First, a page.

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City of Vancouver turns infrastructure into art canvas

Warren Frey
City of Vancouver turns infrastructure into art canvas
CITY OF VANCOUVER - Artist Germaine Koh is the City of Vancouver’s Engineering Artist in Residence and is responsible for three new projects combining art, infrastructure and community.

VANCOUVER – The City of Vancouver is mixing art with infrastructure.

The city’s engineering department is partnering with Germaine Koh, their first artist in residence, on a series of works combining artistic expression with the city’s own pipes, public space and demolition materials.

“The idea is that we do so much work around infrastructure that it would be great to help the public to understand our infrastructure work and also support local artists and their work in the community,” City of Vancouver Green Operations Division director Marisa Espinosa said.

Koh said her artwork reflects her interest in “how systems come together.”

“I don’t have an engineering background, but my artwork has had to do with looking at systems in the world around us. I’ve done work with interactive electronics and worked with experts through years and I like to learn from people who I work with, so I’ve picked up some things along the way,” Koh said.

While the city went through a competition process to find the right person to become their first engineering artist in residence, Espinosa said once they saw Koh’s previous work they knew she was the right choice.

“We were surprised by how many artists applied for the program, but Germaine is a perfect fit. She really understands systems and her themes are about how to make systems visible. She’s so spot on with her vision that is was a really nice pairing,” Espinosa said.

The three projects each take a different aspect of Vancouver’s built environment and integrate it with the surrounding community in different ways. On July 13, the first project created a “sewer time capsule” on the Charles St. Blvd. east of Nanaimo St in East Vancouver, where members of the community painted on a pipe that will then be used with sewer upgrades in the area.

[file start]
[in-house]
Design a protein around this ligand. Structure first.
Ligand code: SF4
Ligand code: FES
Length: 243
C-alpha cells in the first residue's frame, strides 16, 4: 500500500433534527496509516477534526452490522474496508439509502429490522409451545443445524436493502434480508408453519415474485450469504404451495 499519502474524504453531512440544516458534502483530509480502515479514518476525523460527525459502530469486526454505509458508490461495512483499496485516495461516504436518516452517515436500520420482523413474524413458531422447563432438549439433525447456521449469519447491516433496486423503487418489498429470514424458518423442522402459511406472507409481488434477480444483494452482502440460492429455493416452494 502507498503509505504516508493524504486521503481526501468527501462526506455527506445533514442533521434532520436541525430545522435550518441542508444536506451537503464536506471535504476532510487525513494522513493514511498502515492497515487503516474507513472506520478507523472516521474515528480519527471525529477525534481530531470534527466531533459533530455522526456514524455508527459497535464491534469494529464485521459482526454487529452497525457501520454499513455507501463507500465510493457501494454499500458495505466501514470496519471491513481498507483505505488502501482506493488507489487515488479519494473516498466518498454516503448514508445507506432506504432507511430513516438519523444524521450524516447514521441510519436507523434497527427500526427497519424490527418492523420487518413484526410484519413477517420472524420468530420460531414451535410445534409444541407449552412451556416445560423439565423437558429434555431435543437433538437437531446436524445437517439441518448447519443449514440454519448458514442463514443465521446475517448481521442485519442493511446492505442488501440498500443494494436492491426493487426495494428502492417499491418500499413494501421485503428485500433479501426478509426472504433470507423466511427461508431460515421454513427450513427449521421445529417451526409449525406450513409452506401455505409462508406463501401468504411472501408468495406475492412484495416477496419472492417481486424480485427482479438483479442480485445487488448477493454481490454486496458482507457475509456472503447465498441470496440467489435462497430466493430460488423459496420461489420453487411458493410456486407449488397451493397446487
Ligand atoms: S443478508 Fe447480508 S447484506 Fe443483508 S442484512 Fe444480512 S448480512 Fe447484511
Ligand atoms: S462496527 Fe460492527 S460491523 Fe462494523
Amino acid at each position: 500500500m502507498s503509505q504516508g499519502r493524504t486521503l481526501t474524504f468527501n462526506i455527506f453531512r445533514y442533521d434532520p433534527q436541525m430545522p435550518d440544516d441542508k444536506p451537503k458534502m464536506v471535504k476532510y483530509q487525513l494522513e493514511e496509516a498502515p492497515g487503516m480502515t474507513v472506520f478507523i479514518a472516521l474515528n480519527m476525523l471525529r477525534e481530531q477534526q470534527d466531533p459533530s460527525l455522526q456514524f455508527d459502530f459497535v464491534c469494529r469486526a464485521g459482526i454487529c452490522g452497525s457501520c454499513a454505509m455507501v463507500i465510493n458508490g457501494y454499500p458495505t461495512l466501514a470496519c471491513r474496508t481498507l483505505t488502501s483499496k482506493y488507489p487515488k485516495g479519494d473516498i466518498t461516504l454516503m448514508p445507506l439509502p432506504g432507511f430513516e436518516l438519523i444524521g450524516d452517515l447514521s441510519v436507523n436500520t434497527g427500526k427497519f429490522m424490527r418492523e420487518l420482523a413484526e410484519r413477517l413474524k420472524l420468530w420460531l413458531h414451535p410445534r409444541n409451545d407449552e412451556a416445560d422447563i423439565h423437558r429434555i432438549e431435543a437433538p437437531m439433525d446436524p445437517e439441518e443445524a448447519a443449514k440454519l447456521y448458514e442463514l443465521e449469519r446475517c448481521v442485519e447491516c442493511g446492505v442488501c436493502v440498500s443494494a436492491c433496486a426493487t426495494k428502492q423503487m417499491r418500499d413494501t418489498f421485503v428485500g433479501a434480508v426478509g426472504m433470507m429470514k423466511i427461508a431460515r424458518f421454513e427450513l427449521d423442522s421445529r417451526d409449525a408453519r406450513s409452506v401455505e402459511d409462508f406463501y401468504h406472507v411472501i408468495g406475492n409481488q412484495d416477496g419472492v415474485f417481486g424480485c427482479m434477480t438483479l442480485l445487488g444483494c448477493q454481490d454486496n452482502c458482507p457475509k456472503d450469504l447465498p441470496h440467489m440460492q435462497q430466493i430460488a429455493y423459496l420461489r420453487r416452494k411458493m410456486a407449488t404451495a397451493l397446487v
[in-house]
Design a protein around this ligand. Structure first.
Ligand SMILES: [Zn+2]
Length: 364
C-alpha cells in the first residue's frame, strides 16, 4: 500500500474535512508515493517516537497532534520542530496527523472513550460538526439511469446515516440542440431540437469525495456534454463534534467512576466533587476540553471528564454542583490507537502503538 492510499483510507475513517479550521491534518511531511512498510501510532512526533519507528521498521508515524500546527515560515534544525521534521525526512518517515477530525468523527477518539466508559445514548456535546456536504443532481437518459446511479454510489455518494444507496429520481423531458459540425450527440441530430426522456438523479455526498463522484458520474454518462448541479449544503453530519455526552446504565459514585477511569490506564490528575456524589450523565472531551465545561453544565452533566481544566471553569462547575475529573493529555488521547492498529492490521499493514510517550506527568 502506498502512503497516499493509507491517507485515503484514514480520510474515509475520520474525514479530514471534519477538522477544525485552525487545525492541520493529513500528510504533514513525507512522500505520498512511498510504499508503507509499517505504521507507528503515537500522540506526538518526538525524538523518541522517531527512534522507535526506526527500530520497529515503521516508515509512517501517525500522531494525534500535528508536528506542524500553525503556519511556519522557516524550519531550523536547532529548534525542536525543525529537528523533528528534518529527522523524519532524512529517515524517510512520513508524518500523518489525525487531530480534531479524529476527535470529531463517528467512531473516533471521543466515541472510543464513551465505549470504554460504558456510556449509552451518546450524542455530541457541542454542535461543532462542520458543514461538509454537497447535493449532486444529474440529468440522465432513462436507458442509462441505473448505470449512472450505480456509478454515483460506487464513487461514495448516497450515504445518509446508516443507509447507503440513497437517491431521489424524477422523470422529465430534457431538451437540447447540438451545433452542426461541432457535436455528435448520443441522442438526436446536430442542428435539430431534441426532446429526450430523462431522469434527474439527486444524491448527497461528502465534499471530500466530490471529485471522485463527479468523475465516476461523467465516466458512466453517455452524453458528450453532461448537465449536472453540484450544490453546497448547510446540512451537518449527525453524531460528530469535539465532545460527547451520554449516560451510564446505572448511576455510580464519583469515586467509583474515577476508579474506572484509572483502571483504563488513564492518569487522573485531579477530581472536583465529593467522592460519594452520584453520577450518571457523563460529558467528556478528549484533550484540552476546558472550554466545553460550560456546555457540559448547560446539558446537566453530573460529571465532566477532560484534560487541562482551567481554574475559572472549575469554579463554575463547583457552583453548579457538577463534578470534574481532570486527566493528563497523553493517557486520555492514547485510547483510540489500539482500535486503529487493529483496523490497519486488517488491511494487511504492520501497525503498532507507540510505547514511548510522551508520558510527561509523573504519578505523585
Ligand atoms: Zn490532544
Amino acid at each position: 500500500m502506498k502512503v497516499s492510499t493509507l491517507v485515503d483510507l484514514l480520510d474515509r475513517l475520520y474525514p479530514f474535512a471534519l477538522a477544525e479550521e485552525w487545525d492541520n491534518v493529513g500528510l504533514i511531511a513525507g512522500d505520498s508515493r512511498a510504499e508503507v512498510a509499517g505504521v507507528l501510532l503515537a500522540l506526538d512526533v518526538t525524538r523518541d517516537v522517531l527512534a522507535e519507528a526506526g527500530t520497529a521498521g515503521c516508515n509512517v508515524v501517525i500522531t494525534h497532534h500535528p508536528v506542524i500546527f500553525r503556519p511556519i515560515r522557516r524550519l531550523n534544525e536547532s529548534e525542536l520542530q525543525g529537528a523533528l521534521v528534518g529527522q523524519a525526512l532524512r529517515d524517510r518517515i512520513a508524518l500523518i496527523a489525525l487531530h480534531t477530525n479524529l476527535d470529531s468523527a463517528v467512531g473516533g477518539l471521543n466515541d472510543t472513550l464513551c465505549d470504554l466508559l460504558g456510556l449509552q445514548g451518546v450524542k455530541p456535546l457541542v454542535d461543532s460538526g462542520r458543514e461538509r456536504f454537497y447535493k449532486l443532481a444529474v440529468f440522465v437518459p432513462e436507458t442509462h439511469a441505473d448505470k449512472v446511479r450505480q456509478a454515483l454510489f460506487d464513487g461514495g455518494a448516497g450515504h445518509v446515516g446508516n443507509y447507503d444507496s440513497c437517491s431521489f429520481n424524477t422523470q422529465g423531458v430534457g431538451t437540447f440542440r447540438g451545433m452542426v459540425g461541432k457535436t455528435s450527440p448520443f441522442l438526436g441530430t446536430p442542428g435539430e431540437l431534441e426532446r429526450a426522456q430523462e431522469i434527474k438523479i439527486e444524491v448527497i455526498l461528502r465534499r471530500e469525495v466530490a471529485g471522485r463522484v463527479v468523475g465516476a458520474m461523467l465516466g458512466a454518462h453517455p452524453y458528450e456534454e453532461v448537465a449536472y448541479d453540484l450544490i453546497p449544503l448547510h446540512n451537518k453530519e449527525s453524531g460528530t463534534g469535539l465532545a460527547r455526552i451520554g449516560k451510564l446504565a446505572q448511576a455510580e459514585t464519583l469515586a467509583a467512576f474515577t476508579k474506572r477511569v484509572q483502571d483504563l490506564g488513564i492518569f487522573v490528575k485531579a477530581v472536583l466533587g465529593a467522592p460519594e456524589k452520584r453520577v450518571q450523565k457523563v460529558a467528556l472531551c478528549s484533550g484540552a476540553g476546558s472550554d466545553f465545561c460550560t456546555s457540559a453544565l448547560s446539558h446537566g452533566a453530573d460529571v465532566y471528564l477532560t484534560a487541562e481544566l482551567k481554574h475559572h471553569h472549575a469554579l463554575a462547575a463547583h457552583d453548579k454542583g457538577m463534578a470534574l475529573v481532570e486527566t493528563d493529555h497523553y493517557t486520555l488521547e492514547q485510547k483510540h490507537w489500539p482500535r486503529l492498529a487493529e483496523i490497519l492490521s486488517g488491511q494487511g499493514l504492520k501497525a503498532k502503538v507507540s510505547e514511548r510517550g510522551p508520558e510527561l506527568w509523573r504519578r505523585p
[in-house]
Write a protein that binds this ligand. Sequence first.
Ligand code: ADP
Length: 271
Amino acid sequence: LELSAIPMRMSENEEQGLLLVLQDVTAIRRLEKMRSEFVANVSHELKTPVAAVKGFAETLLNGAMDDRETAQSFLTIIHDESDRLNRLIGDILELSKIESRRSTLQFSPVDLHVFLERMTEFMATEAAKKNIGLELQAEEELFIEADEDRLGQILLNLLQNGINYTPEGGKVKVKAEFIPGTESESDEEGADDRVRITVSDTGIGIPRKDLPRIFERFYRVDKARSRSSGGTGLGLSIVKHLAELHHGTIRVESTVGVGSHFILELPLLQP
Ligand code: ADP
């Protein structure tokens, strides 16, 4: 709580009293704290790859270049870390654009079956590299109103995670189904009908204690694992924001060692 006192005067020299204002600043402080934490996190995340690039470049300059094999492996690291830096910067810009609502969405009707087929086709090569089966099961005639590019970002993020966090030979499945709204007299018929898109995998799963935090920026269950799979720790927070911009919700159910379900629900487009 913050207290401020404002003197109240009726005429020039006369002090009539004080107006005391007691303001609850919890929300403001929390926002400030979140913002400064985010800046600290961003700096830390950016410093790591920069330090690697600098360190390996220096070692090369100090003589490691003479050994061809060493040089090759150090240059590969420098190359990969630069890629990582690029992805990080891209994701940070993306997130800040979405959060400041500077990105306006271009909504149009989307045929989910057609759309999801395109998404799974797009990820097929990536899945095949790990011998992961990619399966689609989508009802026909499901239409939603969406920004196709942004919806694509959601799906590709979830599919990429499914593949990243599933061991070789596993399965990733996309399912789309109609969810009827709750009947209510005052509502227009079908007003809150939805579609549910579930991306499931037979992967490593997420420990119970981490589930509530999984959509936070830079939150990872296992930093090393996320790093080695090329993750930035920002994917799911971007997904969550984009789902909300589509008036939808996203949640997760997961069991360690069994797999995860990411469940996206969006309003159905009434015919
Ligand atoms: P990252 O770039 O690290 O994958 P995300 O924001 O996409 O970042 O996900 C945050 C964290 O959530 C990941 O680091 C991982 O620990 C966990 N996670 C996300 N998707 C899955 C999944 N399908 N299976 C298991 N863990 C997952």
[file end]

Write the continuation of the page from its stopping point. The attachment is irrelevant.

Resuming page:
“These pipes last about 100 years, so they make their mark and then it goes underground,” Espinosa said.

“The community can always feel like they had a little part to play in the infrastructure that lies below their street, and it’s a concrete connection with sewer works that also serves to demystify infrastructure,” Koh said.

Another pipe project is a “Sewerscape” installation on Charles Street Boulevard due for completion in early 2020 which will taka large 140 cm diameter pipe and place it in a green space with a fine wood lined interior.

“It’s visibly concrete pipe but it’s also a warm enclosed pipe ‘shelter,’ a potential gathering place that feels something like a public space and a domestic space,” Koh said.

“It’s essentially a tactile public art installation that will make people say ‘wow, this is a huge piece of infrastructure right under our feet’,” Espinosa added.

The third project is a ‘demo model’ using materials gathered through Vancouver’s demolition of homes under the Green Demolition bylaw. A small model based on vintage “craftsman” homes that were demolished under the bylaw will serve as a book depository and will be toured throughout the city before final installation at the Vancouver Zero Waste Centre (formerly recycling depot.)

“It’s a demonstration of how valuable materials that would otherwise go to a landfill are being reused and it’s also paying tribute to older styles of building that are gradually being lost,” Koh said. “It’s also a tribute to the skilled workers in the engineering department, as the structure is being built by carpenters in city shops.”

 Koh said the idea behind the residency program is to utilize creativity in an efficient manner from within the department.

“They decided to have someone embedded in engineering services for period of one to two years with the idea that it’s a more efficient way of introducing creative design in infrastructure projects than working with external public artists. There’s always a kind of distance between an artist coming in at the end of project vs bringing someone in and embedding them in the project,” Koh said.

“The idea is to do future calls for different artists as well,” Espinosa said. “This builds the foundation, and Germaine has been instrumental in setting up partnerships with the arts community.”

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